Having worked in manufacturing quality for the great majority of my career, with a few tentacles into the field of reliability, I’ve considered many comparisons between the two fields, with of course, my unconscious biases favoring quality. One interesting comparison, for instance, is between job postings for similar positions in these related fields.
For instance, a simple scan of the major job sites and you will find far more organizations looking for quality technicians, engineers, and managers than their reliability counterparts. And when reviewing these job ads, you’ll find that the responsibilities associated with reliability job titles vary more wider than their quality counterparts.
Consider the title of “manager”. The job ads for quality managers look far more similar, and more abundant, than the ads for reliability managers. Most quality manager ads, especially those coming from manufacturing companies, mention auditing, calibration, quality systems, corrective actions, team building, and related hard and soft skills.
The reliability manager job ads also showed evidence of a common core of responsibilities. But these ads tended to describe a narrower set of common core tasks, and a broader set of peripheral responsibilities than the quality manager ads. Some implied deeper connections to non-reliability, maintenance management activities like scheduling overhaul crews and verifying attendance. While others leaned more heavily toward typically quality-related or safety-related activities like implementing lean six sigma projects or ensuring compliance with OSHA safety standards.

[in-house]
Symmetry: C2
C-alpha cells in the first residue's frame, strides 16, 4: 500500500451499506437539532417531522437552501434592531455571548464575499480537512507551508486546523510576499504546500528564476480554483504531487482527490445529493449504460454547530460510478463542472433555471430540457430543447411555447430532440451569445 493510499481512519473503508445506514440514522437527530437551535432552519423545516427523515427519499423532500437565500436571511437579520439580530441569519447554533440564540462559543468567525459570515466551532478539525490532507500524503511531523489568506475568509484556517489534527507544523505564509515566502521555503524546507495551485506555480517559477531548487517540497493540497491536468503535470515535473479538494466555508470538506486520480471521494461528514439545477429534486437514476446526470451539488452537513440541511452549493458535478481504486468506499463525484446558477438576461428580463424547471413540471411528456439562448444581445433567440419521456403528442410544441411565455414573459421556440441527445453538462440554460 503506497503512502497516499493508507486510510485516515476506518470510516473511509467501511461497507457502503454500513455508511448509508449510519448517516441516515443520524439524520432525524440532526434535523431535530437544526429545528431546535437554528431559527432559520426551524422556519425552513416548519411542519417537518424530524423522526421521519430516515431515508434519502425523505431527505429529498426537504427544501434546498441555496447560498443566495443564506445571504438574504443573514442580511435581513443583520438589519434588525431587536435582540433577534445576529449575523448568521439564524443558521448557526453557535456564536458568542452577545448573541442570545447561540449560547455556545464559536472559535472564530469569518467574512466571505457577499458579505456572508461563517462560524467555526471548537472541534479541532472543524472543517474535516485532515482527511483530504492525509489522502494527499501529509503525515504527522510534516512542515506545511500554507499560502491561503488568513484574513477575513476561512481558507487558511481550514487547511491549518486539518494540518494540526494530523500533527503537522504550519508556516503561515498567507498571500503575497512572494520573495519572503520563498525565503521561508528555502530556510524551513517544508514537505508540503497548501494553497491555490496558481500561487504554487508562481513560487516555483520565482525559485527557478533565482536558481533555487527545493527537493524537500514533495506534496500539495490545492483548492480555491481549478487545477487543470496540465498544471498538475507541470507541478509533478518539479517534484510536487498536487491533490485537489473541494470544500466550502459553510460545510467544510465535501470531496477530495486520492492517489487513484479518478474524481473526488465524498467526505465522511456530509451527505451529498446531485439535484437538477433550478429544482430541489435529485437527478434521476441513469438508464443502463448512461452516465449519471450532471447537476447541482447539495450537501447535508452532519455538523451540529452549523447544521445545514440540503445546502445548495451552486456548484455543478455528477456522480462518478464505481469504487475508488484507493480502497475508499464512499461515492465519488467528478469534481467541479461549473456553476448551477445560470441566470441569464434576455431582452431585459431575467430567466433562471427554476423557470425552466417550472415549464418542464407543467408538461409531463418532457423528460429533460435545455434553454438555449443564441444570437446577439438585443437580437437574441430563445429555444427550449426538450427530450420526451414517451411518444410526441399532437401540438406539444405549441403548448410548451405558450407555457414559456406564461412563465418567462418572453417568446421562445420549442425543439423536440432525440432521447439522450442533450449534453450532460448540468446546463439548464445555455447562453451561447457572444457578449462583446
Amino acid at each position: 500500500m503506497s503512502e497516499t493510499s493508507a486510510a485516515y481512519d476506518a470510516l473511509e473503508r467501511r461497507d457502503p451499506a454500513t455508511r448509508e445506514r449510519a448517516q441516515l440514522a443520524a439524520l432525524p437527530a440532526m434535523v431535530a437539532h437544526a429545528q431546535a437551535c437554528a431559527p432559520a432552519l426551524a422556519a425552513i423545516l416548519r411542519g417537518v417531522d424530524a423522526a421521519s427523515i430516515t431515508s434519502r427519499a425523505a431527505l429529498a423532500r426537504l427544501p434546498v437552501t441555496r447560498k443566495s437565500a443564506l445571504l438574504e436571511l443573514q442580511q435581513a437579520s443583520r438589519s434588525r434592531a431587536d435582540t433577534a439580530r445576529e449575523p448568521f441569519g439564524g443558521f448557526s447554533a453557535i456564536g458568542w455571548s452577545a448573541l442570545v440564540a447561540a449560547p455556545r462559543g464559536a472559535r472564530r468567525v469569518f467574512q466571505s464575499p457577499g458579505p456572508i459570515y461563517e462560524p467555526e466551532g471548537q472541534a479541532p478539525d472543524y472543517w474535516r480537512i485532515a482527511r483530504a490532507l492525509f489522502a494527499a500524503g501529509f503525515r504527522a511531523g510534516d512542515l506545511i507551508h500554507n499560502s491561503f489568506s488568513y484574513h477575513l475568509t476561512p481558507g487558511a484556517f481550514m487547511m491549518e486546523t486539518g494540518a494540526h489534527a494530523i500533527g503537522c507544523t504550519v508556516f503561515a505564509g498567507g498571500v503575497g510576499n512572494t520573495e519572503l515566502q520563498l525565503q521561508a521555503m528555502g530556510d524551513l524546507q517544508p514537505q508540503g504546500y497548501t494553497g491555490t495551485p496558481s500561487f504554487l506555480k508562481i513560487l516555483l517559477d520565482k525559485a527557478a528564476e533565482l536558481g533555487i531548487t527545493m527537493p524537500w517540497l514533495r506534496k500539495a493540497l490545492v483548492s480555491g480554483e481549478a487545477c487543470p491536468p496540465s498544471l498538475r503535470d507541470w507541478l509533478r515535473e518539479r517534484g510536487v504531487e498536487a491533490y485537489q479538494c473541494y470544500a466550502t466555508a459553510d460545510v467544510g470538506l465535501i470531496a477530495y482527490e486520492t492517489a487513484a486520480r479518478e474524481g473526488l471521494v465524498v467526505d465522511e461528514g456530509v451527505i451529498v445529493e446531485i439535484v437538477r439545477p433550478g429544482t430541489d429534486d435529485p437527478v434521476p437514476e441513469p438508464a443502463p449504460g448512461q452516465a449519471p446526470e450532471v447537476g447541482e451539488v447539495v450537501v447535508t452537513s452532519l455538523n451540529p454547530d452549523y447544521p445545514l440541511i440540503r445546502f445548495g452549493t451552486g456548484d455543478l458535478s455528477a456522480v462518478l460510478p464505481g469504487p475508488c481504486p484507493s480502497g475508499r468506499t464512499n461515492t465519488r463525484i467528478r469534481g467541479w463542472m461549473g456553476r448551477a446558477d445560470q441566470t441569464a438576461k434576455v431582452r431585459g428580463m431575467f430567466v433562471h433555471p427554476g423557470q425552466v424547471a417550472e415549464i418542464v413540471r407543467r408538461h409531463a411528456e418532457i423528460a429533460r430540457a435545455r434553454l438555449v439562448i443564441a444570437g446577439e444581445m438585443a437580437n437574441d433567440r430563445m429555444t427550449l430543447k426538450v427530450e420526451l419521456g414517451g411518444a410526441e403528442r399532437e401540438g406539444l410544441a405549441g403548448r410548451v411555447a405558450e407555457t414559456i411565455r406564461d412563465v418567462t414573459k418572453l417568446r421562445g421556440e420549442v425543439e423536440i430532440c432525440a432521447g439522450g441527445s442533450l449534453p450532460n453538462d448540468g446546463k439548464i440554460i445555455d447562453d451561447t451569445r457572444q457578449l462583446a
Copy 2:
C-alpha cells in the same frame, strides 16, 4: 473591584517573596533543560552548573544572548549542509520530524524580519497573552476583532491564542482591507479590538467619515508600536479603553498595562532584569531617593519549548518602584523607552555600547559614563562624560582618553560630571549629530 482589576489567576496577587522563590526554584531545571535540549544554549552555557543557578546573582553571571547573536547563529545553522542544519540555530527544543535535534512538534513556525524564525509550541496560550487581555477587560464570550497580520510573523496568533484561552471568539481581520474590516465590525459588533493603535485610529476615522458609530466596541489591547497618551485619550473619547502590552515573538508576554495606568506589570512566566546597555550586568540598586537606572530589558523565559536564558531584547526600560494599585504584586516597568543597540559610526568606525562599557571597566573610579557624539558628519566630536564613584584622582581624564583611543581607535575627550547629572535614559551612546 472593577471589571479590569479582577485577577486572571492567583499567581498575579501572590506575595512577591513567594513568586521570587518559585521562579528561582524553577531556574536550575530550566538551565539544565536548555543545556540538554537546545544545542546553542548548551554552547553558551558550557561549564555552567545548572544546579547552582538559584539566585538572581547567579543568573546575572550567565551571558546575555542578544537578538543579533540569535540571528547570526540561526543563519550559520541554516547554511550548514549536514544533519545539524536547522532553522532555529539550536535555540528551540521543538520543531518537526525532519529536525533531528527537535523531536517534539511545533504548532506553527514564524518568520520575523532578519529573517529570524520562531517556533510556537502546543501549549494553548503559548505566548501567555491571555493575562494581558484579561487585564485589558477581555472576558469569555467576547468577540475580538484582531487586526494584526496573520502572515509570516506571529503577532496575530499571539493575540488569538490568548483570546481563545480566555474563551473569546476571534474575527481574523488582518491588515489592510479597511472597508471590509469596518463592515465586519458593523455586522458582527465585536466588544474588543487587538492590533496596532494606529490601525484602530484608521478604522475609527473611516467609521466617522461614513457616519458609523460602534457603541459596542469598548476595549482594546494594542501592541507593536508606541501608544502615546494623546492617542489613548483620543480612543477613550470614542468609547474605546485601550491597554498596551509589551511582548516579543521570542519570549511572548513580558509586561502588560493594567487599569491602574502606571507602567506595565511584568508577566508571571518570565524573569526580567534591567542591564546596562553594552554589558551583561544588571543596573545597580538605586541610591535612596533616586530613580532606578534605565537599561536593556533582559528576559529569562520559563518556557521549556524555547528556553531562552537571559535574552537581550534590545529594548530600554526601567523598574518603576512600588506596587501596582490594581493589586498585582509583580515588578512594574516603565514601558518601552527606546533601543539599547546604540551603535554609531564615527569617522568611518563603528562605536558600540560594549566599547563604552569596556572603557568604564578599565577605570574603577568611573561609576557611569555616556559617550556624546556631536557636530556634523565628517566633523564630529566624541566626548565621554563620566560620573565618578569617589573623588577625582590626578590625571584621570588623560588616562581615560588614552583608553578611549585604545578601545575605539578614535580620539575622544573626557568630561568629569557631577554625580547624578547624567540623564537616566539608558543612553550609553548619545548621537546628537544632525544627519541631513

But from my review of dozens of ads across multiple job sites, I’ve derived what I believe represents a reasonable set of core activities for a reliability manager working for a manufacturing organization:
- Developing and implementing reliability testing protocols: This may involve designing and conducting tests to identify potential sources of failure, as well as developing and implementing preventive and predictive maintenance protocols to address these issues.
- Analyzing data and trends: A reliability manager may be responsible for collecting and analyzing data on the performance and reliability of products and systems. This may involve identifying trends and patterns that can help to identify potential areas for improvement.
- Developing reliability standards and guidelines: A reliability manager may be responsible for developing and implementing reliability standards and guidelines that are used to ensure that products and systems meet required levels of reliability. This may include establishing testing protocols and requirements, as well as setting standards for the materials and components used in the production of products and systems.
- Providing training and guidance to teams: A reliability manager may be responsible for providing training and guidance to teams on reliability best practices and processes, in order to ensure that all team members are aware of and understand the importance of reliability in the organization.
Overall, the main function of a reliability manager is to ensure that the organization’s products and systems are reliable and able to function consistently over time, in order to improve customer satisfaction, and reduce costs associated with defects and failures. And while activities like scheduling maintenance personnel and monitoring safety protocols certainly help meet the same top-level objectives, shoe-horning these disparate activities into the job description of a reliability manager without addressing the core activities of the position may leave the organization in a vulnerable position.
When reliability professionals meet an organizations’ reliability needs first, organizations benefit the most from their expertise.
Author’s Biography:Ray Harkins is the Quality and Technical Manager for Ohio Star Forge in Warren, Ohio. He earned his Master of Science from Rochester Institute of Technology and his Master of Business Administration from Youngstown State University. He also teaches manufacturing and business-related skills through the online learning platform, Udemy.
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